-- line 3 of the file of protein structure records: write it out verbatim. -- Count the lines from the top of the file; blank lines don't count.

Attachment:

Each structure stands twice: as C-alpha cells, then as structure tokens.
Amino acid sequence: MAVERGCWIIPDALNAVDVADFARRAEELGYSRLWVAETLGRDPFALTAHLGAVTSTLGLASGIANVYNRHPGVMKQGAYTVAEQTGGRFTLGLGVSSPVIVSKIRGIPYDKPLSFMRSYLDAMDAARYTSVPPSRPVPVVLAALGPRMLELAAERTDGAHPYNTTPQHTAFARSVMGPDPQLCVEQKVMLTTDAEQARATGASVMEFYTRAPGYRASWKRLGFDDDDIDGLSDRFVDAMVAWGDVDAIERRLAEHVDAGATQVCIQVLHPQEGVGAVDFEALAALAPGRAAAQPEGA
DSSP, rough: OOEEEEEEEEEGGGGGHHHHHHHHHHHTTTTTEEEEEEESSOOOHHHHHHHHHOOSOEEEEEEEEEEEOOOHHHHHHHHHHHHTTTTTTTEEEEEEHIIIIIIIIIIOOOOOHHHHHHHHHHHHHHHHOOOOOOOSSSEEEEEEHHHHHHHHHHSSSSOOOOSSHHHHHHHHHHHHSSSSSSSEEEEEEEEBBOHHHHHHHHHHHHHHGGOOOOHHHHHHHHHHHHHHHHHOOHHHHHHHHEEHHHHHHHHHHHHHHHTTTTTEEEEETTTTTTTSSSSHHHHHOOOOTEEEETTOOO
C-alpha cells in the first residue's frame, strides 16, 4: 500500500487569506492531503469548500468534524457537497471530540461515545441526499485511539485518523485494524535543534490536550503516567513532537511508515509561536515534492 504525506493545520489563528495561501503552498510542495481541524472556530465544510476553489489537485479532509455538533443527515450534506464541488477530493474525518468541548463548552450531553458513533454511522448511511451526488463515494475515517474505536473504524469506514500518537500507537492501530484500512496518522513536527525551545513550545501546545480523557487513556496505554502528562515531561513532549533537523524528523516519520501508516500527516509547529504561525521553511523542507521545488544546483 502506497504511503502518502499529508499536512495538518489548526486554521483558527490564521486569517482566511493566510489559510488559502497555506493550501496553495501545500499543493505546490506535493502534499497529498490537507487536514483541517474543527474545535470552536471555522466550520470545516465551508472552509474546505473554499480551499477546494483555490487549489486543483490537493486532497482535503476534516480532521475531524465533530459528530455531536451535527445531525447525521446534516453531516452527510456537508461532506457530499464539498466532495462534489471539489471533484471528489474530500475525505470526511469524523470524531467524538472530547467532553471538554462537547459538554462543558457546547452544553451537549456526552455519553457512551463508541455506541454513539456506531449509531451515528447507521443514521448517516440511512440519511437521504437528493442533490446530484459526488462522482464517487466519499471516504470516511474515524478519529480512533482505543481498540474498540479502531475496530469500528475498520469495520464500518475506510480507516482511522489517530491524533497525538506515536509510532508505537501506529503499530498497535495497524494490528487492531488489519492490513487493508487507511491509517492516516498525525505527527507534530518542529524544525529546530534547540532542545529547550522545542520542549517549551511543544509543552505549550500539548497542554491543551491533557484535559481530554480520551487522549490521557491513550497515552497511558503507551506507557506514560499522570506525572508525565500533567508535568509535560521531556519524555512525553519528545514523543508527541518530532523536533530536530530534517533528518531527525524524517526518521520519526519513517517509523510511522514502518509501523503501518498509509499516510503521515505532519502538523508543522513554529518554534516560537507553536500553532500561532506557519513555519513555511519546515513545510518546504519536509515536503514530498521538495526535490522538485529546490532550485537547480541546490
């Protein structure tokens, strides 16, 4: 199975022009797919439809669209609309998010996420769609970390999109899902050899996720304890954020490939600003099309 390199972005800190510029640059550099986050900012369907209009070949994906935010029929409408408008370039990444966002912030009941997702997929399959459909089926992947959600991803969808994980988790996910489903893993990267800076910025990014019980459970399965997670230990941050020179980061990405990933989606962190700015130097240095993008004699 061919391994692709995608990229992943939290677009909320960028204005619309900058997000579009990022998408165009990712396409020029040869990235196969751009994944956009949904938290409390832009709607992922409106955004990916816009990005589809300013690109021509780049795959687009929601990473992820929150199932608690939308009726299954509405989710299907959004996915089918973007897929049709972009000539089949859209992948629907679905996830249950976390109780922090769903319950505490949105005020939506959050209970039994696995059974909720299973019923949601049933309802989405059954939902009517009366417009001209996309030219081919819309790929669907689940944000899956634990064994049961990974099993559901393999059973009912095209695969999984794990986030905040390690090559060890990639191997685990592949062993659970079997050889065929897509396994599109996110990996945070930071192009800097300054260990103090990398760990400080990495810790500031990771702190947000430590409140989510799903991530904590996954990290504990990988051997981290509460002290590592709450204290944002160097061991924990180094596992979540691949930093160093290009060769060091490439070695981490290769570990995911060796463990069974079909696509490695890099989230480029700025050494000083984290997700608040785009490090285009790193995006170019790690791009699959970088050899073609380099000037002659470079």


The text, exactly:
DSSP, rough: OOEEEEEEEEEGGGGGHHHHHHHHHHHTTTTTEEEEEEESSOOOHHHHHHHHHOOSOEEEEEEEEEEEOOOHHHHHHHHHHHHTTTTTTTEEEEEEHIIIIIIIIIIOOOOOHHHHHHHHHHHHHHHHOOOOOOOSSSEEEEEEHHHHHHHHHHSSSSOOOOSSHHHHHHHHHHHHSSSSSSSEEEEEEEEBBOHHHHHHHHHHHHHHGGOOOOHHHHHHHHHHHHHHHHHOOHHHHHHHHEEHHHHHHHHHHHHHHHTTTTTEEEEETTTTTTTSSSSHHHHHOOOOTEEEETTOOO